Vigil at City Hall mourns disabled people killed by caretakers

The event sought to mark the Disability Day of Mourning and commemorate the lives of 198 disabled people killed by their caretakers.


Tori Morales

Vigil attendees listen to a speaker at a Disability Day of Mourning vigil on March 1. (Tori Morales for WSN)

Tori Morales, Deputy Managing Editor

A vigil held in honor of disabled people killed by their caretakers worldwide drew more than a dozen mourners to City Hall Park on March 1, the internationally recognized Disability Day of Mourning. Attendees hung their heads and clutched electronic candles as they heard about the victims, whose ages ranged from 20 days to 93 years.

The event, organized by the Autistic Self-Advocacy Network, a nationally recognized nonprofit, and led by autistic disability advocate Nicole Russell, sought to spread awareness about the murders, as well as societal attitudes at large which devalue the lives of people with disabilities.

“People look down on people who are disabled and they can’t imagine them living a happy life,” Russell said at the event. “They see people with intellectual and developmental disabilities and view them as less than, see them as suffering. They see ‘disability’ as a dirty word.”

Four vigil attendees appear in the photo. The two on the right recite to the crowd from a script. An attendee on the left holds a candle in their hand, next to someone reading a prepared statement.
Organizer Nicole Russell read a prepared statement about discrimination against disabled people, which was translated by a sign language interpreter. (Tori Morales for WSN)

Zoe Gross, who serves as the advocacy director for the Autistic Self-Advocacy Network, created the International Disability Day of Mourning in 2012 to honor the lives of disabled people killed by caretakers. According to the network, over 550 disabled people have been killed by caretakers over the past five years, a number that it partially attributes to societal attitudes, as well as media coverage of disability and filicide cases.

Disability rights advocate Brian Myers joined Russell in reading out the names, ages and causes of death for each of the 198 victims added to the list it maintains since March 1 last year. The reading took 13 minutes. An American Sign Language interpreter was also present.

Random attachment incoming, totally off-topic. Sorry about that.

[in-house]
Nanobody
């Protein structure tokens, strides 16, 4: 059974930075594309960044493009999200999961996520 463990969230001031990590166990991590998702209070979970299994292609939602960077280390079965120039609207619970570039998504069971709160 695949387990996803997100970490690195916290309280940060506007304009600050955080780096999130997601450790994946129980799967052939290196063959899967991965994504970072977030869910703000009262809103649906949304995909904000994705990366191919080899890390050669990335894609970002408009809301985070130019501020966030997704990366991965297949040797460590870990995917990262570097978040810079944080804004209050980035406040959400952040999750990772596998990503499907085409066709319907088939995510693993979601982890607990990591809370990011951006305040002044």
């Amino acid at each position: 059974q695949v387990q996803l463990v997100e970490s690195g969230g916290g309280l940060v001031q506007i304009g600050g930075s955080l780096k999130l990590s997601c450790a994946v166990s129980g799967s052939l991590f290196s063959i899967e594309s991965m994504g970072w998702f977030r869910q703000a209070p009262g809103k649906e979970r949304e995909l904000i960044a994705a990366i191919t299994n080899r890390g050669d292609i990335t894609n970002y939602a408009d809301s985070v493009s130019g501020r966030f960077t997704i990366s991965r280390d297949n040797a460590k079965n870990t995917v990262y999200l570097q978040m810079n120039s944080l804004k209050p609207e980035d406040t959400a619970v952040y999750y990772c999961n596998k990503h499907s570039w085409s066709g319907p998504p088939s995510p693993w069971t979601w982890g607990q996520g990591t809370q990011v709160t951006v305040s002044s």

“The names on that list were robbed of us, and we were robbed of them as well,” Russell said. “Taken by those they should have had cause to trust the most, their lives and their names were reduced. To the media and those many voices which sympathize with their killers, they were robbed of their very personhood.”

Coverage of when disabled people are murdered often attempts to justify or lessen the severity of the crimes, according to rights advocates and substantiated by academic research. In cases involving parents killing their disabled children, media focus typically centers on the emotional state and justification of the parents, rather than the disabled person’s life.

A hand holding an electric candle in the dark.
City Hall Park does not allow flames, so vigil attendees held LED candles throughout the event. (Tori Morales for WSN)

A pamphlet distributed at the event featured a foreword written by Gross highlighting a 2012 case in which a 22-year-old autistic man was fatally shot by his mother, who then died by suicide. Publications reporting on the event called the mother “devoted and loving,” and published interviews that normalized the actions of the mother. One article, published in a local newspaper, featured an interview with another parent of a disabled child, who said, “every mother I know who has a child with special needs has a moment just like that.”

In an interview, Russell said that although reporting on disability issues has improved in the past decade, she still sees the same patterns. She said she hopes, however, that rising awareness and acceptance of disabilities, both physical and neurological, as well as solidarity between disabled groups, will make mainstream views more informed of disability issues.

“It’s important to connect with other disabled people outside of your disability, because that will just show the rest of society that this is what we believe,” Russell told WSN. “We’re standing together on this issue.”

Contact Tori Morales at [email protected].